Microscopes are a great invention, allowing us to observe minute structures in detail. It has revolutionized the fields of science and medicine. Scientists have made numerous discoveries, and researchers have effortlessly worked on their research with the help of these powerful tools. Regarding microscopes, we often think of parts like the eyepiece, objective lens, stage, or specimen. However, one of the primary components is usually overlooked – the base.
This article will help you explore the different components of a microscope, the function of the base in a microscope, and its significance.
Table of Contents
Parts of a Microscope
Any microscope, be it an electron or compound, has different parts that work together to provide a framework; hence, you can observe a magnified image. The microscope parts typically have two categories: Structural Parts and Optical Parts.
Structural Parts of a Microscope
As the name indicates, structural parts help a microscope have a firm ground. Such elements together provide balance and support to the entire equipment. These are:
Optical Parts of a Microscope
Similarly, the optical parts of a microscope play a critical role in magnifying an object placed on the prepared slide. These include:
- Objective Lens
- Stage Clips
- Adjustment Knobs
- Light Source
What Does the Base do on a Microscope?
Structural parts are usually ignored when it comes to discussing the significance of a microscope. But, a magnifying tool, like the compound microscope, is incomplete without these parts. It plays a crucial role in maintaining the stability of the microscope. Moreover, the base provides comprehensive support to the entire body. It is usually made of plastic or heavy metal to serve as a foundation for the equipment.
The base is usually of heavy weight to ensure that the instrument remains steady throughout the observation. This heaviness helps a microscope stay at a fixed position and prevent any shaking to avoid obscuring or distorting the image. In addition, this part often has extra space for other accessories, such as cover slips, slides, additional lenses, etc. These different features can improve the functionality of a microscope, making it more advanced.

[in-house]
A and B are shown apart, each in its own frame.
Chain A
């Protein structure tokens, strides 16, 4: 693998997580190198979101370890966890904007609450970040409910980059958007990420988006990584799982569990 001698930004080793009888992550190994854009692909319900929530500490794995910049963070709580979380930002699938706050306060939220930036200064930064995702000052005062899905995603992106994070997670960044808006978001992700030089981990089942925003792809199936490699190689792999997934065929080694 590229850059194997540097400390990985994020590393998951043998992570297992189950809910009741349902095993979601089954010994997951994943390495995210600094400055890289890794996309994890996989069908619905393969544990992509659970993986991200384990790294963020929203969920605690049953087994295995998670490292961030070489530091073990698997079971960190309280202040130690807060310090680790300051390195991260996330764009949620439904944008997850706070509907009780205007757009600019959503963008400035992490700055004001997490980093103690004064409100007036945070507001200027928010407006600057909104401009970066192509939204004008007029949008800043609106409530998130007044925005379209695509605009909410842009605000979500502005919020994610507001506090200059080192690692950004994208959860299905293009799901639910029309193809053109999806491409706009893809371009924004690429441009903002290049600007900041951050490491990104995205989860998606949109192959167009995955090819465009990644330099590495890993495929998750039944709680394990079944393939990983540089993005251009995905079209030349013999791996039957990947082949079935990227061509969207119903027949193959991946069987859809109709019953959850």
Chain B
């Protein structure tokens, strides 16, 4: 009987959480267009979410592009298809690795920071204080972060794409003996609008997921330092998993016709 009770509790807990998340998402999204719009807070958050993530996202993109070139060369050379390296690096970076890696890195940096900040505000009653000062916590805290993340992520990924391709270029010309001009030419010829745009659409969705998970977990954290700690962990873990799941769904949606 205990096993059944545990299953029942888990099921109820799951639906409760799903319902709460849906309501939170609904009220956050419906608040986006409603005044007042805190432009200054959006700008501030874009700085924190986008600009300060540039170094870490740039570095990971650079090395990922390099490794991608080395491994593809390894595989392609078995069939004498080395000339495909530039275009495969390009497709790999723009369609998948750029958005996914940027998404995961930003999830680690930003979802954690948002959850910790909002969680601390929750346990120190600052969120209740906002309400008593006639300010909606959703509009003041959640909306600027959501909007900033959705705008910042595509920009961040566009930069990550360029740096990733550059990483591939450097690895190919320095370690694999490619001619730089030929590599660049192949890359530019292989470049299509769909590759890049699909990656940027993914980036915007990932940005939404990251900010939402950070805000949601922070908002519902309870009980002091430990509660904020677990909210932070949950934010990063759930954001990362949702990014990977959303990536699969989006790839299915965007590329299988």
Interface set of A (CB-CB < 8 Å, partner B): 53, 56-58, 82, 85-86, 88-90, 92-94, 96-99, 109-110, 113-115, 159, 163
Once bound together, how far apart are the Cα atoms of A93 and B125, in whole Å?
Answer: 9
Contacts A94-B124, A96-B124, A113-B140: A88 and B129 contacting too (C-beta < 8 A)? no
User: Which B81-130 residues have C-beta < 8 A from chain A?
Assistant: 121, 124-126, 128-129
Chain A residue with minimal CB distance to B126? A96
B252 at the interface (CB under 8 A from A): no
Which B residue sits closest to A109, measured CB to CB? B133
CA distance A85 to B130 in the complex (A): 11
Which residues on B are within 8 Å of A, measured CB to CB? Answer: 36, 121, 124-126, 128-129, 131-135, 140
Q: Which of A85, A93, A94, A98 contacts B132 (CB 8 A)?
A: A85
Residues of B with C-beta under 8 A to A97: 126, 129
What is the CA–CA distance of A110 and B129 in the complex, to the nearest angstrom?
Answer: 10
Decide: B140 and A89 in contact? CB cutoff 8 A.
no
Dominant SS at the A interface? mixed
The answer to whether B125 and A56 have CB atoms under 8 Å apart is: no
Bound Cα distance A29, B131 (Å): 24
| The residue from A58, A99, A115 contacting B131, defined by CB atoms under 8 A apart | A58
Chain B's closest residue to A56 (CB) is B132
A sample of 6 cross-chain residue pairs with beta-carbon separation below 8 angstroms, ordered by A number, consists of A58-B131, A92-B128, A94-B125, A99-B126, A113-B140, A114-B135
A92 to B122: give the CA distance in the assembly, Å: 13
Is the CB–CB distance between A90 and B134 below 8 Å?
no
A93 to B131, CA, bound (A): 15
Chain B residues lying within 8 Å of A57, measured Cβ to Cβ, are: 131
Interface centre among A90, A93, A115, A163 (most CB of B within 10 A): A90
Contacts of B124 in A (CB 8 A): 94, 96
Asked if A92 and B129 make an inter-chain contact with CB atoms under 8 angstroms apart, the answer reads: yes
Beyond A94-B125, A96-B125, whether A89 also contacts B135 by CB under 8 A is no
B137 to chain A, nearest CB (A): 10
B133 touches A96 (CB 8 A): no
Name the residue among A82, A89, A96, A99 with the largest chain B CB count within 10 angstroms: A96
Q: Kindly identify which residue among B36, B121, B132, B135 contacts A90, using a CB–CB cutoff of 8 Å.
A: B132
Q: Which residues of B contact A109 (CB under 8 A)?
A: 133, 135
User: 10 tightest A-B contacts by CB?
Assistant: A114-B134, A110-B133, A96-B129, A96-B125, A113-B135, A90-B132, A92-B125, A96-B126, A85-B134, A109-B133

If you’re buying a new microscope, make sure to check its base. It should be well-designed to allow easy instrument adjustment for convenient specimen viewing.
Other Structural Components
Just like the base, other structural components of a microscope also have vital functions. Let’s have a brief look at them below:
Head: It is the upper part of a microscope, also known as the body tube. The head is cylindrical, containing optical components like the ocular lens or eyepiece. This body tube explicitly holds the lenses in place to transmit the image to the eyepiece for clear viewing. A microscope’s head is often adjustable, so the viewer can change its position as per convenience to achieve the desired level of magnification.
Arm: It is part of a microscope that connects the head to the base, further helping the equipment stay steady while the viewer adjusts the lenses. Moreover, this structural component sometimes has other essential parts attached to it, such as the stage, stage clips, and fine adjustment knobs. Hence, the arm is also responsible for holding the specimen to be magnified later.
It is imperative to understand the components and their functionality before selecting any type of microscope. Whether it’s the head, arm, or base, all are significant in one way or another. The base helps a microscope stay at a fixed position when a person is viewing a specimen for magnifying purposes. Besides, the importance of the head and arm lies in the fact that these ensure the light is rightly passed through the lenses to give a clear image view to the observer, thus, preventing any blurring or distorting of the issue.